There are two distinct approaches underway with campaign ads about Jeb Bush. Both hit on the same themes - golly if you elect Jeb the economy will grow 4 percent. The Right to Rise version is Republican blah, while the Bush campaign version is a bit edgy.
Both ads, however, leave a serious question - do voters get excited about 4 percent growth?
Certainly the campaign ad does a better job of selling the notion but still, are folks going home and saying, "I'm voting for the Bush guy so we can 4 percent."
At this point we'll note that some the numbers used in the ads take some liberty with the facts. You can learn more about that here.
More importantly, is this 4 percent theme going to get Bush's campaign out of the doldrums.
Much of the political conversation about Bush's campaign for Republican nomination has been trending negative. What once seen as a powerful campaign destined to be at the top of the GOP heap, is now being portrayed as a campaign doggedly hanging in there, confident less in the candidate himself than it huge bank account.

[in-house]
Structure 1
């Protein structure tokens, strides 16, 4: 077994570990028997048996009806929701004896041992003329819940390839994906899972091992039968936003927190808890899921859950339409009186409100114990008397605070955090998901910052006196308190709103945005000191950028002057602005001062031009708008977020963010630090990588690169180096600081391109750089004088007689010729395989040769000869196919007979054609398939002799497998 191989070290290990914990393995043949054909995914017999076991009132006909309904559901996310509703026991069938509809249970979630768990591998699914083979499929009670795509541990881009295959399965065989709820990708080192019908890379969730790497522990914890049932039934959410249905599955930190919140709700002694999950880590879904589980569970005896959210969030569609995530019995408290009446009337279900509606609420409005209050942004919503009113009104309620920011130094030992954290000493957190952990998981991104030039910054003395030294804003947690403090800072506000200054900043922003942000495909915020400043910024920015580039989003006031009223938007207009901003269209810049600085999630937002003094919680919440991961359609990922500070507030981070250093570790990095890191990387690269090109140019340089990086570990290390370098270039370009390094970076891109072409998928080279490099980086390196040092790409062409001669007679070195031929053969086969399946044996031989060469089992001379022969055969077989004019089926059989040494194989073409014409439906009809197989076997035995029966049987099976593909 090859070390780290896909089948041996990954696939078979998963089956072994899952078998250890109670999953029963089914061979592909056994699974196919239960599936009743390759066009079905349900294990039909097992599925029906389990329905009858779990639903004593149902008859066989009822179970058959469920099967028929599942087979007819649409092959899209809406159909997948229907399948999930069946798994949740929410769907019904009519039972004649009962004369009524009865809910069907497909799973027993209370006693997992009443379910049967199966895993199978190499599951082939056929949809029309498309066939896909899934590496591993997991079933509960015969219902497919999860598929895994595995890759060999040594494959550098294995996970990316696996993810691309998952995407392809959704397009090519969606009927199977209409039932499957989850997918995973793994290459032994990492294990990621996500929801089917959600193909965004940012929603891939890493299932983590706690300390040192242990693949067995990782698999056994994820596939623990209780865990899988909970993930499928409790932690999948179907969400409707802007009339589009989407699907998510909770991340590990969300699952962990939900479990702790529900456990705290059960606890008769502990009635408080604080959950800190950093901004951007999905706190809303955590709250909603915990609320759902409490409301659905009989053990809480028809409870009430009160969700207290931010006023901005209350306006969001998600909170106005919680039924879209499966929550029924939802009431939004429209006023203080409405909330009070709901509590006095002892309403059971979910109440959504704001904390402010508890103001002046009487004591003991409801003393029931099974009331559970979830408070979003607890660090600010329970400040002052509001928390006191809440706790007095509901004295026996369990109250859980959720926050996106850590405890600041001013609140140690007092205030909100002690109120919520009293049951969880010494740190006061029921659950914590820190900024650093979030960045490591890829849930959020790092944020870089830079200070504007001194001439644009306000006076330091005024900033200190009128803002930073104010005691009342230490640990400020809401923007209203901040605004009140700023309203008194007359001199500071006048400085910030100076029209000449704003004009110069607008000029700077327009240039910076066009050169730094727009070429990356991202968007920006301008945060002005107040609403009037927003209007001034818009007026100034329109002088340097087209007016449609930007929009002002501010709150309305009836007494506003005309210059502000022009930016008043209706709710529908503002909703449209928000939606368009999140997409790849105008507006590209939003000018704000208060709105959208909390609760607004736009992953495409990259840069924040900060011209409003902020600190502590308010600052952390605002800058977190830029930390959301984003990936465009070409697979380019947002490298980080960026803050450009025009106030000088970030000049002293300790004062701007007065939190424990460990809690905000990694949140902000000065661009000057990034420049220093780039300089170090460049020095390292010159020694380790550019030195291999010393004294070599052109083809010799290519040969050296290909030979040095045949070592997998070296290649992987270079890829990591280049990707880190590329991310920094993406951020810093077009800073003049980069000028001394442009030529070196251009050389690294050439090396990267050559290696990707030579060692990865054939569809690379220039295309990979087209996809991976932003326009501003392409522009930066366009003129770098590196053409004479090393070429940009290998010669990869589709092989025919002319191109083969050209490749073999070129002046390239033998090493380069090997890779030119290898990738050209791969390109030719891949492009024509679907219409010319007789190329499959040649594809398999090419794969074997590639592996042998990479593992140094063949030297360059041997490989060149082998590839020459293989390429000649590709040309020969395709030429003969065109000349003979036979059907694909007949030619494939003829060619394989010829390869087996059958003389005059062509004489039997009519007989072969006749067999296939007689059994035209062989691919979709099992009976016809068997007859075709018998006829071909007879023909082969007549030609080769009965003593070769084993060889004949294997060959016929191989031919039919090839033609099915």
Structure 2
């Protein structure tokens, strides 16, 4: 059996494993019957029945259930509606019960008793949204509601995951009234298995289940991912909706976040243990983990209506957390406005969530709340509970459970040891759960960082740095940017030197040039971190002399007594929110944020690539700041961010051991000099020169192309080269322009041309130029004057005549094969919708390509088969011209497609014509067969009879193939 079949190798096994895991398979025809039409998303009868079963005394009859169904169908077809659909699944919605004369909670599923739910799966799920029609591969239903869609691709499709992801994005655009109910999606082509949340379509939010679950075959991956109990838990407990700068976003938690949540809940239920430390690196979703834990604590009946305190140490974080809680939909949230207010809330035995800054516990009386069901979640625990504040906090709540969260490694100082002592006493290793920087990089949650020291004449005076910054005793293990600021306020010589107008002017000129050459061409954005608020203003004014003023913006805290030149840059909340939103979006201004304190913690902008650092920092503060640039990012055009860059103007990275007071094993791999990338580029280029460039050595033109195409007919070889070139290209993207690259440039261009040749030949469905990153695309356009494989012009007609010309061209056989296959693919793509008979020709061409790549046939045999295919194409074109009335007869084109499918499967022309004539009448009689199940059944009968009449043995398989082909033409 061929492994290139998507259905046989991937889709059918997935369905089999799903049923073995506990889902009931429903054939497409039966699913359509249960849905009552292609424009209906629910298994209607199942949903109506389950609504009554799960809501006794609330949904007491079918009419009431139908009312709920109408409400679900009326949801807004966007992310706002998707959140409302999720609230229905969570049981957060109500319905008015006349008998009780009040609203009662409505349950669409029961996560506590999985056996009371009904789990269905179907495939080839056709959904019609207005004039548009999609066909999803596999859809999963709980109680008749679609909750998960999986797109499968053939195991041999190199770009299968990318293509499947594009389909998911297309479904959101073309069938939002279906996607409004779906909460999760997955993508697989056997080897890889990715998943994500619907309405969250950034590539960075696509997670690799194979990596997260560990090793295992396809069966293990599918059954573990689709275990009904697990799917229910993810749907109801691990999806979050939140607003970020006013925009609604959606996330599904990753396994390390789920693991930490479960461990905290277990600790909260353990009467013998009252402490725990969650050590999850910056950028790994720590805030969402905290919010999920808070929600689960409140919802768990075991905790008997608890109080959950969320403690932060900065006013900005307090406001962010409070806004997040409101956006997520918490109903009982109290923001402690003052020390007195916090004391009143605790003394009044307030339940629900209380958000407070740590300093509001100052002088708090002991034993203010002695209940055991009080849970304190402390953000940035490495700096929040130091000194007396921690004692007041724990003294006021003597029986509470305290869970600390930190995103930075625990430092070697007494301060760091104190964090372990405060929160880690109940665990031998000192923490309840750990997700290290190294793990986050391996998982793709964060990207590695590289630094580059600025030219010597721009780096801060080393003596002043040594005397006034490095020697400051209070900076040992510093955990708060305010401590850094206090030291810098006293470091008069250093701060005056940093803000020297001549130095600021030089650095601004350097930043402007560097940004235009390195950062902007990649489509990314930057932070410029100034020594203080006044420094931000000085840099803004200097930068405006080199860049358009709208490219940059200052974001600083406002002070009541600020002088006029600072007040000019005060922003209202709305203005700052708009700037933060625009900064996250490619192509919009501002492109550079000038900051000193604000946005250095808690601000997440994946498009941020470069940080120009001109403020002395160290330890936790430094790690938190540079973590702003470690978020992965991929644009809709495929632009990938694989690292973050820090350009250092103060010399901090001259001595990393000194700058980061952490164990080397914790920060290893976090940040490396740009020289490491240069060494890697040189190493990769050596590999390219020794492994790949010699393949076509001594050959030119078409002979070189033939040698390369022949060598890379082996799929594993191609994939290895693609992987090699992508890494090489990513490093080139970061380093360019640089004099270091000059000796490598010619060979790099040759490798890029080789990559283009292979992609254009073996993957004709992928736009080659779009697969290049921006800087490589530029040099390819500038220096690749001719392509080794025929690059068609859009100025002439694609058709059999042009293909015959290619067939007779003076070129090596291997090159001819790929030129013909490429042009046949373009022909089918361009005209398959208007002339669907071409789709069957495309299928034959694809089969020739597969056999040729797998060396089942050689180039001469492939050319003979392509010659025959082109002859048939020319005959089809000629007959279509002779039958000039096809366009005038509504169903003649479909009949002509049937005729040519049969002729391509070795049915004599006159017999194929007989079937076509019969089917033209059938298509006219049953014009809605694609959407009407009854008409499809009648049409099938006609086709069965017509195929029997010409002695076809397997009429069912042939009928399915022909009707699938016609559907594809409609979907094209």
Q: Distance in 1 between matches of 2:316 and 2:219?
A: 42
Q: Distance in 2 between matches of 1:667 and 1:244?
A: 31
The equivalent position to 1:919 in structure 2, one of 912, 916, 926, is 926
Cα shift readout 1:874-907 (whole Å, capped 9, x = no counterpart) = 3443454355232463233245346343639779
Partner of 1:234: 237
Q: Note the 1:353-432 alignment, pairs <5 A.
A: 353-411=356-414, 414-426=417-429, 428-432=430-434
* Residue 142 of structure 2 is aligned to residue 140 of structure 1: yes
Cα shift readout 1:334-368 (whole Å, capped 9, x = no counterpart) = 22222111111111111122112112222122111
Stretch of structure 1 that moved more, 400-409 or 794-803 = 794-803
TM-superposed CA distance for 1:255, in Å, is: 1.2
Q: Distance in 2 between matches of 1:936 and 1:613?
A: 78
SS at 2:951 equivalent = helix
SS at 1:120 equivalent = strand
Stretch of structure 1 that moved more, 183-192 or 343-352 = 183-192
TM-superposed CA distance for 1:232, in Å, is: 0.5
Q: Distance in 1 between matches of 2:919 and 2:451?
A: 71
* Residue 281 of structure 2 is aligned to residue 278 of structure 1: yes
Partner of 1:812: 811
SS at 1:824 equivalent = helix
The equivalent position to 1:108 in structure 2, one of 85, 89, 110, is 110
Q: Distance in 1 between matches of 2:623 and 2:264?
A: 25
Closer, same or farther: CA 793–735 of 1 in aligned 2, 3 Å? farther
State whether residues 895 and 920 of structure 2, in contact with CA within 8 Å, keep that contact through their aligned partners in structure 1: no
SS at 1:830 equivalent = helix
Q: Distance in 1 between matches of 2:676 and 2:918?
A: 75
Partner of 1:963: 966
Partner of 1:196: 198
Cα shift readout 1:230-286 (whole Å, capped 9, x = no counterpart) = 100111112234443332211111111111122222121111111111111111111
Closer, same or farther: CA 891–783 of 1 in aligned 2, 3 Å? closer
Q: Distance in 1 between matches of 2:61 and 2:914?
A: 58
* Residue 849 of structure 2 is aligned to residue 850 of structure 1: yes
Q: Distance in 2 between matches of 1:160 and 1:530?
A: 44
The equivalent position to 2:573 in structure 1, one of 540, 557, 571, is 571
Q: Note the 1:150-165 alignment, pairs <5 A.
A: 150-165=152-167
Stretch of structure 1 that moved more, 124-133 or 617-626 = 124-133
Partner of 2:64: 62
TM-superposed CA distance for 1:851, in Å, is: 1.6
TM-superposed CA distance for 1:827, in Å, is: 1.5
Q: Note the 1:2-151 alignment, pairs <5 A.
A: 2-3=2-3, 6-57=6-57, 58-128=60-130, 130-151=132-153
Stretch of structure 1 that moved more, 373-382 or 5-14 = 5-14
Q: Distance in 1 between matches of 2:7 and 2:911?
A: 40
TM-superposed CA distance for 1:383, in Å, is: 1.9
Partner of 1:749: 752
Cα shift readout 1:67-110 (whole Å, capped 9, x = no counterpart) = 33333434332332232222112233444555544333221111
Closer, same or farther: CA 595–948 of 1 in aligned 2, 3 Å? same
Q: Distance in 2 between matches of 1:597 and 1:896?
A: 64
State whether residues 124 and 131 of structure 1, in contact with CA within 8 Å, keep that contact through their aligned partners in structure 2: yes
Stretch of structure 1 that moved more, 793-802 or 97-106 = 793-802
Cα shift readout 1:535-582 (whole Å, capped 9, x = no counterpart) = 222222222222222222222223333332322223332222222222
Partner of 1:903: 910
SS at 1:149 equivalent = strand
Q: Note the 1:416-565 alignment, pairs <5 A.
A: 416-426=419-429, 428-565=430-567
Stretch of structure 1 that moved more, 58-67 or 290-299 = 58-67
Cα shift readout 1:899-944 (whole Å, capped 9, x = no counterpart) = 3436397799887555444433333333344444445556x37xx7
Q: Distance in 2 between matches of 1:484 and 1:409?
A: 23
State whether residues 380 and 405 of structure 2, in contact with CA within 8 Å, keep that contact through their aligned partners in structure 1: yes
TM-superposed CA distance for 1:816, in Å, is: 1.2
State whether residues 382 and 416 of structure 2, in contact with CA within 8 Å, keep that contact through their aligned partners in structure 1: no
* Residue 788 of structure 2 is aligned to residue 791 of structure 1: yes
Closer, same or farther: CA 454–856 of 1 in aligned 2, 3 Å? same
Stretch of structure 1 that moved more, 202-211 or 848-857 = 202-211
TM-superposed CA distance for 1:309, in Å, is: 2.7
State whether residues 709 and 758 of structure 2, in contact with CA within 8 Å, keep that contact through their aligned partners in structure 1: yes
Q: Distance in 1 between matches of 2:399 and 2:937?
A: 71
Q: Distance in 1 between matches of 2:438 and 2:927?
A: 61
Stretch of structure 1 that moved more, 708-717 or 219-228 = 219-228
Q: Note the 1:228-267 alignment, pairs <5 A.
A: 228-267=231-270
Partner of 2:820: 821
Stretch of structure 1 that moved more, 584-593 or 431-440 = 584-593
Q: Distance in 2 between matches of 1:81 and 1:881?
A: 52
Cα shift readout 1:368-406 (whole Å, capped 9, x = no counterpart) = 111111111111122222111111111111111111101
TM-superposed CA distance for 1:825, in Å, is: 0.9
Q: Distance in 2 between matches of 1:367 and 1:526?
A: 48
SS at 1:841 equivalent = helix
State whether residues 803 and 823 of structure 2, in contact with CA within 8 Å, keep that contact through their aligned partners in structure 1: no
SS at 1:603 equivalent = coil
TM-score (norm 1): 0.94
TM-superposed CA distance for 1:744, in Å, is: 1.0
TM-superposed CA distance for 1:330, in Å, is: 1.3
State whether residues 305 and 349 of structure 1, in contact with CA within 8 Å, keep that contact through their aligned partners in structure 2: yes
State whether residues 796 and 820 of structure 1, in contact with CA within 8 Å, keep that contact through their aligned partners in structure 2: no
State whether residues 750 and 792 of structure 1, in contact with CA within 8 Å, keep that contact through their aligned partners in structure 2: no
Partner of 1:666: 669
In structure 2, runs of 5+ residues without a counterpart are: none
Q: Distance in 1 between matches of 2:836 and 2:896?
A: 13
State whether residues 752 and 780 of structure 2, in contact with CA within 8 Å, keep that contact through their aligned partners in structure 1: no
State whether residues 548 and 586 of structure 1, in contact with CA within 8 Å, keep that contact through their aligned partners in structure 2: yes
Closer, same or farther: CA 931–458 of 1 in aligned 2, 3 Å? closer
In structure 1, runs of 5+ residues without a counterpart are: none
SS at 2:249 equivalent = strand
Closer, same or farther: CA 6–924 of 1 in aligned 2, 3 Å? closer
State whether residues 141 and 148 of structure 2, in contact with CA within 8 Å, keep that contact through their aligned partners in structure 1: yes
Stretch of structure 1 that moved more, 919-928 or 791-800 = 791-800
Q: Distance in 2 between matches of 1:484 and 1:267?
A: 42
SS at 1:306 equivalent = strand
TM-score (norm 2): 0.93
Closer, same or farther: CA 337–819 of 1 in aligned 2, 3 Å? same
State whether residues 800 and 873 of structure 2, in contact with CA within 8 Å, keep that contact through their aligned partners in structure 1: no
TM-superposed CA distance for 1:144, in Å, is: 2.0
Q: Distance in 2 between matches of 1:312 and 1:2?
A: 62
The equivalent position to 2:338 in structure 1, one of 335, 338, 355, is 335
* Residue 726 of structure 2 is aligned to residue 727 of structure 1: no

Consider this analysis yesterday from Tampa Bay Times political editor Adam Smith:
When Marco Rubio launched his presidential campaign in the spring, a lot of people wondered how he would ever emerge from the shadow of his mentor, Jeb Bush.
On Monday, as Sen. Rubio campaigned to an overflow crowd in a sprawling Central Florida development loaded with tens of thousands of relatively new Florida Republicans, the more immediate question was how Bush might escape the shadow of Rubio.
And there is this is a long-look at Bush's campaign in today's Politico.
“I don’t know if it’s panic or paranoia in Miami, but they are losing [Scott] Walker people to Marco, and if you say what’s true, they get mad,” said one Bush donor, who spoke to POLITICO on the condition of anonymity. “I think it’s just reflective of what’s been going on for the past month or so and the way the race, at least in the establishment lane, has shifted. It’s really Jeb or Marco now. Marco’s fundraising has picked up, and Jeb’s has stayed flat.”
Another Bush donor invited to Miami, assessing the state of anxiety within the former Florida governor’s operation on a scale of 1 to 10, put the panic level at a “6 or 7.”
Publicly, the campaign insists it is sticking to its game plan. But that plan could quickly crumble if the more than $24 ad buy in early caucus and primary states doesn't significantly boost Bush's numbers.
If the campaign is still in single digits in November....expect a major campaign changes or risk of collapse making the Iowa caucuses and New Hampshire primary all the more threatening.
Do these ads work?
Here's a little pumpkin spice: